WHEN TO GO
- Climatology: Bucharest is not an especially rainy capital; The most abundant rainfall occurs in the months of May, June and July even though they are the sunniest months, as they often happen in stormy way. The most pleasant temperatures are in the months at the end of spring and beginning of autumn. In the middle of summer it can reach 40ºC and in the middle of winter the minimum temperatures under 0ºC are not infrequent. We were at the beginning of October; the first day was fantastic, with a great temperature and sunny, but the second was stormy, windy and extremely unpleasant. It is worth bearing in mind that many visitors who spend more than a day in Bucharest usually visit the castles in Transylvania, a much colder region, to take into account when planning our trip.
- As for the number of tourists, logically July and August are the busiest months, but in Romania in general, although it is a country on the rise and it is becoming fashionable, it is still a good time to go, as for now there are no many visitors (around 10 million a year, only one million are foreigners) and the infrastructures are well developed. It is not advisable to wait long, since the improvement in the economic situation is increasing the number of national tourists, and the international ones are increasing at a rate of 5% per year.
- Events: some of the most outstanding are:
- Art Safari: the largest art exhibition in the country, in spring, with no fixed date.
- The Jazz Competition: more than 30 bands perform concerts throughout the city, in mid-May. It costs 40 Lei per person per day.
- Street music festival: free, a week of concerts and shows in the historic center. June.
Official currency is Lei. There is hardly any demand in other countries, so it is recommended to change when arriving in Romania and before leaving the country it is important to get rid of any left that we have.
- The best deal is to change in banks or exchange houses in the center. The latter abound in tourist areas such as Piata Unirii and Piata Universitate and tend to have more flexible hours than banks. We will barely lose 1%, making it one of the best countries in this regard. They will ask us for a passport and a receipt will be given to us. It is advisable to check the return before leaving the office, especially at the exchange offices. It is not advisable to change at the airport, since commission can be up to 10 times higher.
- In case of not wanting to change money:
- There are ATMs everywhere. Most will charge us a commission to take out money, plus what our bank of origin applies to us.
- Credit cards are widely accepted. Usually our bank will charge us 3% for changing currency.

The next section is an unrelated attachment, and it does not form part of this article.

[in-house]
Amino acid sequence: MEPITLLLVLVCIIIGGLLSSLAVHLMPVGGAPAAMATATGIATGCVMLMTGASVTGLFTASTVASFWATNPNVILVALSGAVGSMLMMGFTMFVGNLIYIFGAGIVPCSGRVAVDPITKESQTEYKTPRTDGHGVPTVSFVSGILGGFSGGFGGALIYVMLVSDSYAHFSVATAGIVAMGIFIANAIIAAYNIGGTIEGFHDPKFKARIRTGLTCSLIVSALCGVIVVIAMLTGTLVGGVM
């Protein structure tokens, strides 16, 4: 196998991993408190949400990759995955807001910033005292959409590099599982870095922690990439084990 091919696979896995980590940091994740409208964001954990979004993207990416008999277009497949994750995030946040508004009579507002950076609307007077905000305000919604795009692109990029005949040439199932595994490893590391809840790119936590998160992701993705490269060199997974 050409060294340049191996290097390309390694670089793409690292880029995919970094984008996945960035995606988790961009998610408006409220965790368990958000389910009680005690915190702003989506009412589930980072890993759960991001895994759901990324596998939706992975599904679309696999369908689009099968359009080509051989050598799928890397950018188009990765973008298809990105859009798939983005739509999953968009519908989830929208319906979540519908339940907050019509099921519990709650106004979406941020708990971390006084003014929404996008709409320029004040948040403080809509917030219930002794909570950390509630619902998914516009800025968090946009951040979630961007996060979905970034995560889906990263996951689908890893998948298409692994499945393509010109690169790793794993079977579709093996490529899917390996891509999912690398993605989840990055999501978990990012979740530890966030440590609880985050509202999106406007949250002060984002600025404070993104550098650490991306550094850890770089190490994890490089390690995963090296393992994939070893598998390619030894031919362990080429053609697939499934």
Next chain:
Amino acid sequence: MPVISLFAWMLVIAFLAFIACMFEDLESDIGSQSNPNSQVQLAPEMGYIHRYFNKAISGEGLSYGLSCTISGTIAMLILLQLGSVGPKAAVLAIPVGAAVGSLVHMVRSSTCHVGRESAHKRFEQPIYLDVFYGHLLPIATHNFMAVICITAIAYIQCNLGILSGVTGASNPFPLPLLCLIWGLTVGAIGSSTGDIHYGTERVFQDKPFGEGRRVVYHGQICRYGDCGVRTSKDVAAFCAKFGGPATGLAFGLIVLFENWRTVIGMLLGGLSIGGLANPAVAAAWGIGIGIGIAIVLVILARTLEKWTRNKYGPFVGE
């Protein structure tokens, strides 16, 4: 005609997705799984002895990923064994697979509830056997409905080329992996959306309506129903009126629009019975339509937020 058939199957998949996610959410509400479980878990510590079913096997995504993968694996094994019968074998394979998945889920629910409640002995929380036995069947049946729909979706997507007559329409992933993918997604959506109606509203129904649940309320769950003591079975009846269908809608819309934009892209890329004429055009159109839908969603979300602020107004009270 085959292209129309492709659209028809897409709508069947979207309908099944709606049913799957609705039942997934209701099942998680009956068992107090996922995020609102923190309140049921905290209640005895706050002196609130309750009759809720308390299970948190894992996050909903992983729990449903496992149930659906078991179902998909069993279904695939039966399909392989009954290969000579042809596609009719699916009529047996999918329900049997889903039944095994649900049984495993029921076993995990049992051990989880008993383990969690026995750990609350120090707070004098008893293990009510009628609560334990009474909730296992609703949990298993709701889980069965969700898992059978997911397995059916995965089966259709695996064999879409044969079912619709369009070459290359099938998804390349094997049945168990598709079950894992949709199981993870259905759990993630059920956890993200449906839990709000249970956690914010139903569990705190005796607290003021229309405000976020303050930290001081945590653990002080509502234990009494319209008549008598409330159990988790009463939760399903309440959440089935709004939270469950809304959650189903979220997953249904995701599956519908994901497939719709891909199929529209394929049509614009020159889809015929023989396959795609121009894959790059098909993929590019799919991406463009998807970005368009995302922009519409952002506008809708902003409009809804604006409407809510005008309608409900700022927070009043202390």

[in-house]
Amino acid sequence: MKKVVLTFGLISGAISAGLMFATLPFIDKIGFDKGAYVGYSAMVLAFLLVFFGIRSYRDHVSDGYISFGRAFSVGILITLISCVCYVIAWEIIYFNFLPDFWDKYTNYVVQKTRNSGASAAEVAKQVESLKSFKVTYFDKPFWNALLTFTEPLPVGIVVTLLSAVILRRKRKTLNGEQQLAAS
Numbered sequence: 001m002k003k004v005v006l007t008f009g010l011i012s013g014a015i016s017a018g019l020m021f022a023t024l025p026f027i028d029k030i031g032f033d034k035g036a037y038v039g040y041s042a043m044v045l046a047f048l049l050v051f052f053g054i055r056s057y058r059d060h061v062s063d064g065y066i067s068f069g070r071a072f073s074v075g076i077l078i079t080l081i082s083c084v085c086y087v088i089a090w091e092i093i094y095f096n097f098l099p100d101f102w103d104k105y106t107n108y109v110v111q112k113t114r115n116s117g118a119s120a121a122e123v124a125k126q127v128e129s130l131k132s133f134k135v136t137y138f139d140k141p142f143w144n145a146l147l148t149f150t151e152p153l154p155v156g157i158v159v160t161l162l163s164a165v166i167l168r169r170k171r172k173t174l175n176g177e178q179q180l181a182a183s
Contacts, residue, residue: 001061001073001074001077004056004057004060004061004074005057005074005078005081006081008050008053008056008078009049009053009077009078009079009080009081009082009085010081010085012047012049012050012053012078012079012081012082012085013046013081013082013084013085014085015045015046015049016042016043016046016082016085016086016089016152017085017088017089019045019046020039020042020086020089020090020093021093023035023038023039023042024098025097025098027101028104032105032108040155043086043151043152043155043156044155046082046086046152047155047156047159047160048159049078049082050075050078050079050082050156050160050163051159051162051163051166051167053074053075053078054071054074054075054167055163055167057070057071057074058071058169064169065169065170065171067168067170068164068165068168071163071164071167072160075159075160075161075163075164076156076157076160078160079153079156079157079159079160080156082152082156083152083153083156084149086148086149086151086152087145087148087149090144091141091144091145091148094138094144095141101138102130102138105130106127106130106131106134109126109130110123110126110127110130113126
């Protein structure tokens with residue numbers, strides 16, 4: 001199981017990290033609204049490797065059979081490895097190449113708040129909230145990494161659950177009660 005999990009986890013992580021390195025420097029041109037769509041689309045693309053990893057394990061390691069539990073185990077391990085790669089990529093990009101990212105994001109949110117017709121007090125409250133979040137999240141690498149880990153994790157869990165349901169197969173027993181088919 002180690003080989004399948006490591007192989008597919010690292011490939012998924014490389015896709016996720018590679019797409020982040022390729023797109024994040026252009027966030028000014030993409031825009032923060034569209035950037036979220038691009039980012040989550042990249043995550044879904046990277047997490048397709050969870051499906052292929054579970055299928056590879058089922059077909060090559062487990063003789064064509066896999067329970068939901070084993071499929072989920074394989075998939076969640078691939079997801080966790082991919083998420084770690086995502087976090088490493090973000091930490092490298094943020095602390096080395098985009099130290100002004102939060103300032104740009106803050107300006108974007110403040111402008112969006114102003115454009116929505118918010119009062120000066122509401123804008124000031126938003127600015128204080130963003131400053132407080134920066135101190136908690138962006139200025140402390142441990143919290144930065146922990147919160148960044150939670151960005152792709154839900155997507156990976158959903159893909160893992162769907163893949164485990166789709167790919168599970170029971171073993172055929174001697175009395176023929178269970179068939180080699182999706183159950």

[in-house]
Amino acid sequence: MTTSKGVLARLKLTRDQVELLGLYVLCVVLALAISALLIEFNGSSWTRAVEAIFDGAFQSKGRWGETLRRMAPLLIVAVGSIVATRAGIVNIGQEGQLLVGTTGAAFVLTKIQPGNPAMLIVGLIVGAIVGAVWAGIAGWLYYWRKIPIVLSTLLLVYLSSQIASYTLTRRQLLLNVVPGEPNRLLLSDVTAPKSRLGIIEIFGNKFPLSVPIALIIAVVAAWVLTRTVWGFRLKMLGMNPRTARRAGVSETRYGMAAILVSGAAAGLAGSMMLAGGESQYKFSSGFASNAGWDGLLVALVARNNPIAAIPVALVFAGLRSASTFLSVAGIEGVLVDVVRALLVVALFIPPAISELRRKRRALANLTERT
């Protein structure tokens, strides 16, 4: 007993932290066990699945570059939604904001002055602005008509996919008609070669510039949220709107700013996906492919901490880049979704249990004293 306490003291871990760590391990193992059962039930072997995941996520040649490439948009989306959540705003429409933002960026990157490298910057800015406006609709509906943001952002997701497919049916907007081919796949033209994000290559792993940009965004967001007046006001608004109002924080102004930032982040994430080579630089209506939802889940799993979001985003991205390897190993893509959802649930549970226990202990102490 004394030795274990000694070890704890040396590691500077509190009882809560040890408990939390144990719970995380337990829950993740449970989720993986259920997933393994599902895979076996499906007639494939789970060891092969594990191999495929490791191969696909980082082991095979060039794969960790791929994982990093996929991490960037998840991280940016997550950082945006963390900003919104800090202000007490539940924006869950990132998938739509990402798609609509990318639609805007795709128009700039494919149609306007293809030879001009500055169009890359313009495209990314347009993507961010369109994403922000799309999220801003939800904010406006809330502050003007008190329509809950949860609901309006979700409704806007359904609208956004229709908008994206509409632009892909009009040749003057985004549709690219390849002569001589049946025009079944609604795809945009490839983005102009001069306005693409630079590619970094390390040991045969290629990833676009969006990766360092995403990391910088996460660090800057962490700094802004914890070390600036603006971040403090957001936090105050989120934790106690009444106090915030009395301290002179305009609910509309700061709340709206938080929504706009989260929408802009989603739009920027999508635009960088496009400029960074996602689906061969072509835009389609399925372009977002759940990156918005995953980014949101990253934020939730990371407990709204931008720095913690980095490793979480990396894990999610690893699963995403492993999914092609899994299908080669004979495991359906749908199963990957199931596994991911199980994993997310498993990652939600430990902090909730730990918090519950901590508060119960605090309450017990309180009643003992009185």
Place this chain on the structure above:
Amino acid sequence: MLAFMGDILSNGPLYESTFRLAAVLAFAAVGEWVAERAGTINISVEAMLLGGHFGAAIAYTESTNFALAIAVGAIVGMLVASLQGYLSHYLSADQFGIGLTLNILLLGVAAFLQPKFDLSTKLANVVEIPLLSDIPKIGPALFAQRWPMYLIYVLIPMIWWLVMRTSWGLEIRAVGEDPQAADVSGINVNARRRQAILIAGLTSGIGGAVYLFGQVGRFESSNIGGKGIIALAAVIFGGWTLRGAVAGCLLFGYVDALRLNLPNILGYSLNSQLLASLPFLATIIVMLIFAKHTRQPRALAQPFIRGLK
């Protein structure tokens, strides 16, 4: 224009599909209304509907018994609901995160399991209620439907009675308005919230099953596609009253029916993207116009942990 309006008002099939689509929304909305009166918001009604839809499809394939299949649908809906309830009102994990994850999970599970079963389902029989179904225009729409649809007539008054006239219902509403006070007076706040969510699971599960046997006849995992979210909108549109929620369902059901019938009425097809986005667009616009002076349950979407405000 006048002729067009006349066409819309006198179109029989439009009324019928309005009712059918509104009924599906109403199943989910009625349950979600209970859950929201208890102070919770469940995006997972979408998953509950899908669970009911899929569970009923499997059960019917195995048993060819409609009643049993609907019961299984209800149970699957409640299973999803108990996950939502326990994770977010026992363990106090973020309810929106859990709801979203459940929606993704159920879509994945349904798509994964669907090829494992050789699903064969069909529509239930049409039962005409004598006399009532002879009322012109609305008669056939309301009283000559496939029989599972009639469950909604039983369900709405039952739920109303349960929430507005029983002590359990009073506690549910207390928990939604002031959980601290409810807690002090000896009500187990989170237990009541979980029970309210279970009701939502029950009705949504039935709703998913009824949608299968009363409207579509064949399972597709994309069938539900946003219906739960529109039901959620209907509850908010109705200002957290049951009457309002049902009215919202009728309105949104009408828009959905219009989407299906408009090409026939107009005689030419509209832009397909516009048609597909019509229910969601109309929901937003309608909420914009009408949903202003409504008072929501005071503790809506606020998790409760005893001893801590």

WHERE TO STAY
Considering that the most interesting nucleus is the historical center, the ideal zone is around Piata Universitate. There are many accommodations and restaurants, and it is lively day and night.
I do not recommend staying south of Unirii Square, which is what we did. It is a residential neighborhood, which must be very safe, since our apartment was a ground floor that barely had a door with a glass window and a simple lock, anyone could break the glass and open the door by removing the latch, and yet almost all the houses were like that, so it should be enough; but at night, as far as there are neither shops nor restaurants, it is extremely lonely.
WHERE TO EAT
Romanian gastronomy has a lot of influence from that of the surrounding countries, and there are some pretty tasty dishes that are worth trying:
- Sarmals: cabbage leaves that wrap a filling, of different types, exquisite. They are usually accompanied by mamaliga, a corn-based puree that is very reminiscent of Italian polenta.
- Soups (ciorba), strong and varied, as in any place of cold winter weather. We recommend trying the Fasole cu Ciolan (beans with pork) because they serve it inside a hollow bread, although this last one is also typical in neighboring countries, especially in Bulgaria.
- The mici or miti are small grilled pieces of spicy meat and that many will remember what they call meatballs in Turkey.
The first thing is to go mentalized that waiters in Romania are unkind by default (see the post PROBLEMS AND ANNOYANCES). Seldom have I encountered such hostility and reluctance as a rule. I can not recommend any particular restaurant in Bucharest:
- The first day we had lunch in the Medieval Excalibur Restaurant, next to Piata Revolutiei. It is very well decorated and the waiters were not nasty, but the food was cold and expensive.
- We had snack at The Harp Bakery, in the southeast corner of Piata Unirii, it was expensive and the waiter was rude and chucky. Needless to say, we bought in a supermarket and ate dinner at home.
- The second day we had lunch at the Horoscop Italian Restaurant. We knew it was a bit expensive, but it was the closest to our apartment, and considering the horrible day of rain and wind, we did not want to go any further. The waiter was not particularly rude, but serious, aloof and attentive to our table.
We recommend renting an apartment, buying food at a supermarket and cooking. The best option are those of the company Mega Image, which not only have a strange name for a supermarket, but also a strange symbol, a kind of square shield in red and white with the silhouette of a lion in black color heraldic-medieval type. They are everywhere, they have good products and their prices are reasonable, we will see many locals buying there.